VATICAN CITY — As the discussion began at the world Synod of Bishops on the family, Pope Francis urged members not to act as if the only question that mattered was the pastoral care of divorced and civilly remarried Catholics, his spokesman said.
Jesuit Father Federico Lombardi, Vatican spokesman, told reporters Oct. 6 that the pope took the microphone that morning to affirm again that "Catholic doctrine on marriage has not been touched or put into question."
Pope Francis told the bishops that the only documents that are "official" for their work are the speeches he gave at the opening and closing of last year's synod and the final report voted on by synod members in October 2014. The report, along with additions made based on responses to a questionnaire, is the working document for this year's synod, Father Lombardi said.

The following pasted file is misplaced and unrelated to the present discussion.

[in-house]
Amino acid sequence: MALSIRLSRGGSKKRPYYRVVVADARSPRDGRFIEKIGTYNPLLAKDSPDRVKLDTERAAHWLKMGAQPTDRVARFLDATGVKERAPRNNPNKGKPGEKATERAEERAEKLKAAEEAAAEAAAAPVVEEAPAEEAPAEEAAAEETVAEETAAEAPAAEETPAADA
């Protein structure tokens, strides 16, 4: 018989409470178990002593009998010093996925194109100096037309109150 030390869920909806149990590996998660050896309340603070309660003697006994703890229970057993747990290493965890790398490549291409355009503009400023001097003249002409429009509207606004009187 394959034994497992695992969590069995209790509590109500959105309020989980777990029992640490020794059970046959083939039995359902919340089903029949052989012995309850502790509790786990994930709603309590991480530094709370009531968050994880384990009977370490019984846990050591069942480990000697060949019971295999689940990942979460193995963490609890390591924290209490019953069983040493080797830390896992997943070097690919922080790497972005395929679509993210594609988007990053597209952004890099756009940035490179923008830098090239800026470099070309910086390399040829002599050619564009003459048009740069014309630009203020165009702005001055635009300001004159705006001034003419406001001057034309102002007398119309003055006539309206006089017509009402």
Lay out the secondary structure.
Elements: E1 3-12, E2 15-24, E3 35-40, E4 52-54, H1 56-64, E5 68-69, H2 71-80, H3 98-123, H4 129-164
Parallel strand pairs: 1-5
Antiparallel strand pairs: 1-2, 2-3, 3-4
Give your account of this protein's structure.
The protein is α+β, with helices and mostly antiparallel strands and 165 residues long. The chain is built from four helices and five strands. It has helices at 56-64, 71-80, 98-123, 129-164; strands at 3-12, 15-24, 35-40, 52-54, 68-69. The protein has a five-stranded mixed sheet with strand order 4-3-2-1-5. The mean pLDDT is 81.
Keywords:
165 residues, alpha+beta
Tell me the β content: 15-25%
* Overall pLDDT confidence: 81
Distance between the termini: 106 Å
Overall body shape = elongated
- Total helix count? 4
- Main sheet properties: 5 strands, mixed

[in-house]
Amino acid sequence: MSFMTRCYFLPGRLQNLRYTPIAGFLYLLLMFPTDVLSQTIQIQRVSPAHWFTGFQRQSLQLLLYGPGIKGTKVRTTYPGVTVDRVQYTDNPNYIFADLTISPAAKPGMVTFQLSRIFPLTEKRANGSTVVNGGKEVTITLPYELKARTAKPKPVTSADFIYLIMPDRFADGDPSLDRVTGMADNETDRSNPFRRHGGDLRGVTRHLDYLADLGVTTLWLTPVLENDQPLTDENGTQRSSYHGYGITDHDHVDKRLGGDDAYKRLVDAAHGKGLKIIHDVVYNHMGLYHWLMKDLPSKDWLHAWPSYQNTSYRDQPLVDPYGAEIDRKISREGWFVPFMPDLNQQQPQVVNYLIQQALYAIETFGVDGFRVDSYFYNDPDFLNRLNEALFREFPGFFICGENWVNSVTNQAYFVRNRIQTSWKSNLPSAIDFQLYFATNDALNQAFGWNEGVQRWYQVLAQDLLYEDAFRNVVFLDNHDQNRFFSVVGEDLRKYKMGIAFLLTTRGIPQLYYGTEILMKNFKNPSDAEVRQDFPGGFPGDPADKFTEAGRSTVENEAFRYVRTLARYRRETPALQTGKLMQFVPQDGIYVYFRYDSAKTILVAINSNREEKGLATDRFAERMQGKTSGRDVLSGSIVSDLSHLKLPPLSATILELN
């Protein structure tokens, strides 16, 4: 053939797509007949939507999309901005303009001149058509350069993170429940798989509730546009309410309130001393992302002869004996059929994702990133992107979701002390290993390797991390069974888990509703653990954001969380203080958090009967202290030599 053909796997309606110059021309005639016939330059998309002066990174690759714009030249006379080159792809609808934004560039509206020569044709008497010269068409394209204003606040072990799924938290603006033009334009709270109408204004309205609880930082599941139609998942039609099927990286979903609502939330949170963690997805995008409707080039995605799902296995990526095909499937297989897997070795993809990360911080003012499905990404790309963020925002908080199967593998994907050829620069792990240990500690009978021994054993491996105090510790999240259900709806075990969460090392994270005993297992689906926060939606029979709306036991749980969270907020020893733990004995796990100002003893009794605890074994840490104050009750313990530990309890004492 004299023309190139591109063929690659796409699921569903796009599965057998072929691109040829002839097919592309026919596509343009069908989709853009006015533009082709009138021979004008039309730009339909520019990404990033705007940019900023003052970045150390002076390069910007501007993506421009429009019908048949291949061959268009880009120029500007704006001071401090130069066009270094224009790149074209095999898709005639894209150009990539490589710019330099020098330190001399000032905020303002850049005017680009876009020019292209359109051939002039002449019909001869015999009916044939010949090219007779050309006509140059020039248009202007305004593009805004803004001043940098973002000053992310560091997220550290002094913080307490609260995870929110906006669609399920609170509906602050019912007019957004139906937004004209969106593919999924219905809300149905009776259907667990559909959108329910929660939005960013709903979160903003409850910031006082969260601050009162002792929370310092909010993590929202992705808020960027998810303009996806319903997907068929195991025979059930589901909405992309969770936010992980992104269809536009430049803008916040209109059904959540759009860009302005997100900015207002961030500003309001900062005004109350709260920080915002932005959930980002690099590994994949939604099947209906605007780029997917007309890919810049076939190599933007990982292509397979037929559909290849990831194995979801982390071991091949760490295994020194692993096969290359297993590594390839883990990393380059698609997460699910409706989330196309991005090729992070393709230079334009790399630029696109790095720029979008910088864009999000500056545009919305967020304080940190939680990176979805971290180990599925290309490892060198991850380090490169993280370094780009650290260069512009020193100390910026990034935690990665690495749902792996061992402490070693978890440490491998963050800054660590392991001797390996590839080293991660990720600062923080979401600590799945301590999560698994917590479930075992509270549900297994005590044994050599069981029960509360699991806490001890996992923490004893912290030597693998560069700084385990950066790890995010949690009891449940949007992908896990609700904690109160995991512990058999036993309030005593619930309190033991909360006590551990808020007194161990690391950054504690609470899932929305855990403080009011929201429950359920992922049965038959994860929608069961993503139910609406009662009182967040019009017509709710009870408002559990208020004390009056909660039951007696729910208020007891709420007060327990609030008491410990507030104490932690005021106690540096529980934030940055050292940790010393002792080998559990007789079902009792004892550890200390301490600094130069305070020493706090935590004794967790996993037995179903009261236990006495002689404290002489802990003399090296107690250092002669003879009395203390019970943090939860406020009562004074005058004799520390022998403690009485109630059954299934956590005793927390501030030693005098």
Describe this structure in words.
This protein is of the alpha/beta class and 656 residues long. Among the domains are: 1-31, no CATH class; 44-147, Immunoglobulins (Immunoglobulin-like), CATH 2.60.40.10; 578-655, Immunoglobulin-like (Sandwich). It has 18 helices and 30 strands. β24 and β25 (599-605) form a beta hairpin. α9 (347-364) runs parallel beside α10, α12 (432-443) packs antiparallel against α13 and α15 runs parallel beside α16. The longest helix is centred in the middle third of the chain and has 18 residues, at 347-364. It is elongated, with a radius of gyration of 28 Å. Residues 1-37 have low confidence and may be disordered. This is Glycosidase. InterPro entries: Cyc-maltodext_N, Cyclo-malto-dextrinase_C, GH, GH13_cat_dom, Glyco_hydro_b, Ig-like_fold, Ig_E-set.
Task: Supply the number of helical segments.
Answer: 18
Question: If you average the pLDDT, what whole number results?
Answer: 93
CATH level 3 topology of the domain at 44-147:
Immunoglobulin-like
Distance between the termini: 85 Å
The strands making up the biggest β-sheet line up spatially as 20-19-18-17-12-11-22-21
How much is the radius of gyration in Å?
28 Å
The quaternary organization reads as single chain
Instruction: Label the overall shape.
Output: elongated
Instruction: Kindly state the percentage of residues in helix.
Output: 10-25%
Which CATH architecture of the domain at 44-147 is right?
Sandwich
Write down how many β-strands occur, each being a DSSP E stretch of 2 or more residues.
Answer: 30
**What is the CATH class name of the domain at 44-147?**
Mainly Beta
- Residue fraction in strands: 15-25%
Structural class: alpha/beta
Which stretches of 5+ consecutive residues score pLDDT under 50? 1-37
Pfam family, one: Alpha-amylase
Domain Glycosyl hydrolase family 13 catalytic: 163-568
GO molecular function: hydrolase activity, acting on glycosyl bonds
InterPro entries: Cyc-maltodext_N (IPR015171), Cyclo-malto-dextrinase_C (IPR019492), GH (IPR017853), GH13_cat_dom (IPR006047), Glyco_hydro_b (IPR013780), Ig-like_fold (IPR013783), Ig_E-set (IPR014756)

The pope also said, "We should not let ourselves be conditioned by or to reduce the horizons of our work as if the only problem were that of Communion for the divorced and remarried or not," Father Lombardi said. The Vatican did not release the text of the pope's remarks.
Australian Archbishop Mark Coleridge of Brisbane, writing on his blog, said that during the hour of open discussion at the synod Oct. 5, some bishops were "uneasy about the impression given by the presentation of Cardinal (Peter) Erdo in the morning that some key questions are already decided and seemingly off the table. They felt that such a stance was premature."
Cardinal Erdo, archbishop of Esztergom-Budapest, Hungary, chosen by Pope Francis to introduce the synod's work, had made it appear there was little support for or possibility that the church would adopt German Cardinal Walter Kasper's proposal to design a "penitential path" that eventually would allow some divorced and civilly remarried Catholics to receive Communion even without an annulment and without a promise to abstain from sexual relations.